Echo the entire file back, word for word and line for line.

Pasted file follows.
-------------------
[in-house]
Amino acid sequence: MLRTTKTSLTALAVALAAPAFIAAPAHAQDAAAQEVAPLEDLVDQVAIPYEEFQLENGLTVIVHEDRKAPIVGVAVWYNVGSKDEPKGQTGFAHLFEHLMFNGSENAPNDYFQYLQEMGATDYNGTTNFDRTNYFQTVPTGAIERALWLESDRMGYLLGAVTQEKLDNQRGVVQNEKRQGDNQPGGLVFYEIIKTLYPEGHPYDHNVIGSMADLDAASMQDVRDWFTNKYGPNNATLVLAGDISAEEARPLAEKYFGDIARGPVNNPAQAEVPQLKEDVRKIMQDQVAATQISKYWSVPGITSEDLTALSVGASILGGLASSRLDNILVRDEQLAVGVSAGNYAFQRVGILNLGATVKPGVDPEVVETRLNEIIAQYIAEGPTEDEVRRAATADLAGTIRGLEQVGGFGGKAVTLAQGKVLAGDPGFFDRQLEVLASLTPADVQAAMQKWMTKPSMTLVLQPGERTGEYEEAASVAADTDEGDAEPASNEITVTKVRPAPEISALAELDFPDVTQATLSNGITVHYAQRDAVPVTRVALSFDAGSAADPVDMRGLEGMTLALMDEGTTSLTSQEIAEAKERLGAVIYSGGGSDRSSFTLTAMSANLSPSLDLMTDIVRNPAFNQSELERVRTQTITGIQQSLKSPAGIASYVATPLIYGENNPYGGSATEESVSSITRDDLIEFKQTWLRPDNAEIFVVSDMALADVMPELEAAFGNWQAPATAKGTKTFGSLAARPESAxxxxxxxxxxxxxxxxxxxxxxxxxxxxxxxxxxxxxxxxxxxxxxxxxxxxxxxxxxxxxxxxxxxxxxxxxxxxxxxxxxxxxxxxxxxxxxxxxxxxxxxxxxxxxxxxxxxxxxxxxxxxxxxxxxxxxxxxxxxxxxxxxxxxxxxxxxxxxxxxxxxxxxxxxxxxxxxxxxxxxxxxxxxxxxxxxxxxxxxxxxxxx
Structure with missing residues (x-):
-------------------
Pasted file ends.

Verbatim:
[in-house]
Amino acid sequence: MLRTTKTSLTALAVALAAPAFIAAPAHAQDAAAQEVAPLEDLVDQVAIPYEEFQLENGLTVIVHEDRKAPIVGVAVWYNVGSKDEPKGQTGFAHLFEHLMFNGSENAPNDYFQYLQEMGATDYNGTTNFDRTNYFQTVPTGAIERALWLESDRMGYLLGAVTQEKLDNQRGVVQNEKRQGDNQPGGLVFYEIIKTLYPEGHPYDHNVIGSMADLDAASMQDVRDWFTNKYGPNNATLVLAGDISAEEARPLAEKYFGDIARGPVNNPAQAEVPQLKEDVRKIMQDQVAATQISKYWSVPGITSEDLTALSVGASILGGLASSRLDNILVRDEQLAVGVSAGNYAFQRVGILNLGATVKPGVDPEVVETRLNEIIAQYIAEGPTEDEVRRAATADLAGTIRGLEQVGGFGGKAVTLAQGKVLAGDPGFFDRQLEVLASLTPADVQAAMQKWMTKPSMTLVLQPGERTGEYEEAASVAADTDEGDAEPASNEITVTKVRPAPEISALAELDFPDVTQATLSNGITVHYAQRDAVPVTRVALSFDAGSAADPVDMRGLEGMTLALMDEGTTSLTSQEIAEAKERLGAVIYSGGGSDRSSFTLTAMSANLSPSLDLMTDIVRNPAFNQSELERVRTQTITGIQQSLKSPAGIASYVATPLIYGENNPYGGSATEESVSSITRDDLIEFKQTWLRPDNAEIFVVSDMALADVMPELEAAFGNWQAPATAKGTKTFGSLAARPESAxxxxxxxxxxxxxxxxxxxxxxxxxxxxxxxxxxxxxxxxxxxxxxxxxxxxxxxxxxxxxxxxxxxxxxxxxxxxxxxxxxxxxxxxxxxxxxxxxxxxxxxxxxxxxxxxxxxxxxxxxxxxxxxxxxxxxxxxxxxxxxxxxxxxxxxxxxxxxxxxxxxxxxxxxxxxxxxxxxxxxxxxxxxxxxxxxxxxxxxxxxxxx
Structure with missing residues (x-):